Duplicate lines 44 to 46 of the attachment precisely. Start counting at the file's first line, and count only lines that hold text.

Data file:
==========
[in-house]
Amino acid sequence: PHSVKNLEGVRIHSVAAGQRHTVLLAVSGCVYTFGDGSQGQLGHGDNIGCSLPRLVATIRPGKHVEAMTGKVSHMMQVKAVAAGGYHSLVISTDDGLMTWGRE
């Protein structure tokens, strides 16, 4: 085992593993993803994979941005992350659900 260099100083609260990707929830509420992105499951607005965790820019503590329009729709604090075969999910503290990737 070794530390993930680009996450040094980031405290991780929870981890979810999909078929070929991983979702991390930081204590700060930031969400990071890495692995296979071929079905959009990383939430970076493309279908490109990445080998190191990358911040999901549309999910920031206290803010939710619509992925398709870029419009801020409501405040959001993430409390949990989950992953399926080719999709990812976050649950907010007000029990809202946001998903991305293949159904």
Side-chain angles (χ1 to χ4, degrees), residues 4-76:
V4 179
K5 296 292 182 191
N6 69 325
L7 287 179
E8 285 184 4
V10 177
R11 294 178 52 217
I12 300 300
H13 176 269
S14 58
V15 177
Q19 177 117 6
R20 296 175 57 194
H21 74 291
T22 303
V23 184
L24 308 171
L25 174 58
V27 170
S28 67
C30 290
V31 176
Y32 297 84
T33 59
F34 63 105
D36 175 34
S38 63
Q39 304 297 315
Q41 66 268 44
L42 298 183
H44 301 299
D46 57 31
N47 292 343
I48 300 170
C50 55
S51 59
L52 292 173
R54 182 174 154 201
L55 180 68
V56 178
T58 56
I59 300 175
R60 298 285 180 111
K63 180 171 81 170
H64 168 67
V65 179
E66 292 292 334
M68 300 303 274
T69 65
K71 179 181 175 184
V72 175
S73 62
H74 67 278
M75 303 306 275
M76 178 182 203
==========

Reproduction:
V56 178
T58 56
I59 300 175